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|Title:||Capacity of reinforced concrete beams with minimum shear reinforcement strengthened with NSM CFRP rods||Authors:||Chami, Georges El||Advisors:||Khalil, Nariman||Keywords:||CFRP, Near-surface mounted reinforcement, RC beams, shear failure, shear strengthening||Subjects:||Polymers
University of Balamand--Dissertations
The concept behind Fiber Reinforced Polymers (FRP) bars is to provide for structural engineers an efficient retrofitting and strengthening system, considering the benefit-cost valuation. Orthodox rehabilitation methods presented numerous weaknesses such as difficulty in application, time consuming and lack of durability. FRP bars can be used to strength in both flexural and shear, though extensive research investigated the flexural capacity of FRP bars in structures rehabilitation, research around its shear capacity is still limited and requires more investigation particularly that it’s showing promising results in terms of structural performance. Implementing FRP bars to retrofit in flexural or shear requires an adequate technique, the externally bonded reinforcement (EBR), Near-surface method (NSM) and Embedded through section (ETS) are of the most practical strengthening techniques. Suggested as the most efficient system for shear strengthening, NSM is adopted in our experimental program.
The aim of this research is to study the shear behavior of reinforced concrete beams strengthened with NSM CFRP rods. Therefore, three full-scale rectangular RC beams were casted, which consists of a control beam containing no shear reinforcement and two others containing minimum ACI shear reinforcement requirement. Third beam strengthened in shear with FRP using the NSM method.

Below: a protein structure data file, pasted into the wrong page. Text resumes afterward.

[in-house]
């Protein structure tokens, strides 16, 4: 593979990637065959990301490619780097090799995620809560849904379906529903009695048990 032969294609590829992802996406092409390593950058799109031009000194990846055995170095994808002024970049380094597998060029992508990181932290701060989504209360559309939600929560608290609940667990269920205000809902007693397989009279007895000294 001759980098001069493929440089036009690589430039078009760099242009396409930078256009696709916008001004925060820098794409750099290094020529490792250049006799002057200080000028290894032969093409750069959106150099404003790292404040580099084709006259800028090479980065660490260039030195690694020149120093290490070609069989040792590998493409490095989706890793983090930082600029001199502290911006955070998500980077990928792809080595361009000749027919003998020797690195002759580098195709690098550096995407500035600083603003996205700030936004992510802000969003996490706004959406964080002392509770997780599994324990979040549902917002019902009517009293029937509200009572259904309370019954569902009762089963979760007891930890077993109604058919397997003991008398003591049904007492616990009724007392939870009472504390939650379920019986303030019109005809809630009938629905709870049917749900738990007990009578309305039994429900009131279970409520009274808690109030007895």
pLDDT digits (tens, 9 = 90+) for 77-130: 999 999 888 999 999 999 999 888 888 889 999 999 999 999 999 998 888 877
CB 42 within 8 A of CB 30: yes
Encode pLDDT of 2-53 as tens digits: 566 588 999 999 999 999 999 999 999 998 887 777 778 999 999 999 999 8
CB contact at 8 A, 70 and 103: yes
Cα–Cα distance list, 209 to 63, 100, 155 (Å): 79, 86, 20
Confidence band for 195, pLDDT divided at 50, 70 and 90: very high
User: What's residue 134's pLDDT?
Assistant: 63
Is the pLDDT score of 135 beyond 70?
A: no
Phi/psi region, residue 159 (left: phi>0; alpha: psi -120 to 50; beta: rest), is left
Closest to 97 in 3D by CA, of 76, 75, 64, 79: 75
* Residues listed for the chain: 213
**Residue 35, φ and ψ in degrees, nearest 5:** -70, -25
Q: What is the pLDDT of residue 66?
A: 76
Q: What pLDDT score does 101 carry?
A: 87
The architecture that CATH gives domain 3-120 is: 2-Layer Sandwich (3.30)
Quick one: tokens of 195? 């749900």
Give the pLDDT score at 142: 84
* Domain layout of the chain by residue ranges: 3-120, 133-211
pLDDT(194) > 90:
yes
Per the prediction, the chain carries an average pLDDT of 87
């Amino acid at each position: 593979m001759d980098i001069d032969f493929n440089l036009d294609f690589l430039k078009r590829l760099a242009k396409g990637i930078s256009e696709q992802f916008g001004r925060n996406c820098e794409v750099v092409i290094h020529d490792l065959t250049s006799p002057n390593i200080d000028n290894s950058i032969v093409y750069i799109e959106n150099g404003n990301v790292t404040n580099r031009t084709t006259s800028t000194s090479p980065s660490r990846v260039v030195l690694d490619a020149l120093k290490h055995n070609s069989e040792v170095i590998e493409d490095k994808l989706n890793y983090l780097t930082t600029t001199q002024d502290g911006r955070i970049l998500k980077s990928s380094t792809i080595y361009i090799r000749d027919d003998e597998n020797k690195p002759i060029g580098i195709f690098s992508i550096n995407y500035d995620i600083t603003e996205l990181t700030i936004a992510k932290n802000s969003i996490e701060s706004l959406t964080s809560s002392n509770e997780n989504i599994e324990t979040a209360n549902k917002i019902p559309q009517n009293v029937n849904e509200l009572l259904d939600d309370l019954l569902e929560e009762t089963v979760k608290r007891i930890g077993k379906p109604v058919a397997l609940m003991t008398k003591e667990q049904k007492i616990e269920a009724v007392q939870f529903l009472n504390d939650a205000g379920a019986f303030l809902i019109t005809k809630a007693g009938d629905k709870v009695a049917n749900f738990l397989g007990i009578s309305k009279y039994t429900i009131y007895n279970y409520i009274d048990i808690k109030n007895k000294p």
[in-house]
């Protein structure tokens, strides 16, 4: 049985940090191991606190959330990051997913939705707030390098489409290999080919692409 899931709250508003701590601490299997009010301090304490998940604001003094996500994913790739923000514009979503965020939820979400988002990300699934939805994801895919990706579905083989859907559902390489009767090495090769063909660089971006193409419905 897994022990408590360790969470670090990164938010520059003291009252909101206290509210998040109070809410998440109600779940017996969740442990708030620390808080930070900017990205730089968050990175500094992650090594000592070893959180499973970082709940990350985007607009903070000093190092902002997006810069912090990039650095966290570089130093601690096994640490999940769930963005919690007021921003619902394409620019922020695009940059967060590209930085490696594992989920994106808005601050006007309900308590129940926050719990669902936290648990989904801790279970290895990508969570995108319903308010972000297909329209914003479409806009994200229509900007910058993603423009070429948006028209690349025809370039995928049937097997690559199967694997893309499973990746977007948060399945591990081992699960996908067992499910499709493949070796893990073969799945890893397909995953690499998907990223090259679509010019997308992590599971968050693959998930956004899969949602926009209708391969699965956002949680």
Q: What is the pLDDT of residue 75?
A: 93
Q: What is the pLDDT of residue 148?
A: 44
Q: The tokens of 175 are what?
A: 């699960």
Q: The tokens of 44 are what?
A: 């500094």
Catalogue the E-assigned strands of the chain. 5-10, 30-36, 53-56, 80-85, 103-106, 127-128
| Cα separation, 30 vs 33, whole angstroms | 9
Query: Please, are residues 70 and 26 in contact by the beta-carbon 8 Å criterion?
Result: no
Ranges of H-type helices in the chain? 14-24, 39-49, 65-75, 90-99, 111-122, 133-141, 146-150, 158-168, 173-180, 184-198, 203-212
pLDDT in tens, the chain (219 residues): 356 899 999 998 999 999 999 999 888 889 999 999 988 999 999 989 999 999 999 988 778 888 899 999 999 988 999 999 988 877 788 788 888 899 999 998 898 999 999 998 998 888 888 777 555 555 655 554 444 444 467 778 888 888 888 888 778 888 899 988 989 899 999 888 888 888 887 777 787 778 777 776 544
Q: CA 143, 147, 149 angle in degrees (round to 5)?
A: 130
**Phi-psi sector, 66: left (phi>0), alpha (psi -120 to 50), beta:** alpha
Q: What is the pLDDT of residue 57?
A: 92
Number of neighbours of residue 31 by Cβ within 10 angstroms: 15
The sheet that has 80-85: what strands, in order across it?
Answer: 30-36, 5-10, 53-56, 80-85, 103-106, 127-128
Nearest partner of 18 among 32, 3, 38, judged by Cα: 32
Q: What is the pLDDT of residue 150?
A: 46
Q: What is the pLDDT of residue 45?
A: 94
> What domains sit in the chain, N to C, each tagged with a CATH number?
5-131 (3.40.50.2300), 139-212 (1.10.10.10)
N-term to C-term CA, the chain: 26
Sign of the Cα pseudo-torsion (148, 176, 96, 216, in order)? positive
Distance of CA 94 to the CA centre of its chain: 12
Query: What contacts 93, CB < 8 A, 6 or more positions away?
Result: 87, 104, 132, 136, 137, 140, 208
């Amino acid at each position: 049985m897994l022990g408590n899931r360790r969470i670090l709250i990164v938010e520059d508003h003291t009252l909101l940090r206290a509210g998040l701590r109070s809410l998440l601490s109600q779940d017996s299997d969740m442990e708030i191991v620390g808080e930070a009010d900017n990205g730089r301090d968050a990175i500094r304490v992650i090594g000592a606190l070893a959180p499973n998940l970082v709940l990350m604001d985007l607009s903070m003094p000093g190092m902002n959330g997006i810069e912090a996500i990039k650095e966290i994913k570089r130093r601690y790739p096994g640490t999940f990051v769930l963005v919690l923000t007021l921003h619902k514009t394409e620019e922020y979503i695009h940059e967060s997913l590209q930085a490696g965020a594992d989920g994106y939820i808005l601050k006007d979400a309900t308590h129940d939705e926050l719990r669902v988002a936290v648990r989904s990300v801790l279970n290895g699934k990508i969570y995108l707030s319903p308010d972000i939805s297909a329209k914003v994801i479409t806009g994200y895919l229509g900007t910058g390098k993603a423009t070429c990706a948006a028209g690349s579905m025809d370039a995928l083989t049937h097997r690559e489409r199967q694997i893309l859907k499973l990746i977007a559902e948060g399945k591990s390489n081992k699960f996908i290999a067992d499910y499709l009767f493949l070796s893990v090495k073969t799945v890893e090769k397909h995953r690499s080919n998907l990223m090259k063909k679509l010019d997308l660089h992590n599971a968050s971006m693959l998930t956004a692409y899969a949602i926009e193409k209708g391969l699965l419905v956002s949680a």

The overall results showed that the dual action between transversal steel and CFRP rods did not increase CFRP contribution to shear resistance of the specimen, hence the NSM FRP shear contribution is not significant with the presence of transversal shear reinforcement.
Includes bibliographical references (p. 64-68)
|URI:||https://scholarhub.balamand.edu.lb/handle/uob/5497||Rights:||This object is protected by copyright, and is made available here for research and educational purposes. Permission to reuse, publish, or reproduce the object beyond the personal and educational use exceptions must be obtained from the copyright holder||Type:||Thesis|
|Appears in Collections:||UOB Theses and Projects|
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checked on Jul 3, 2022
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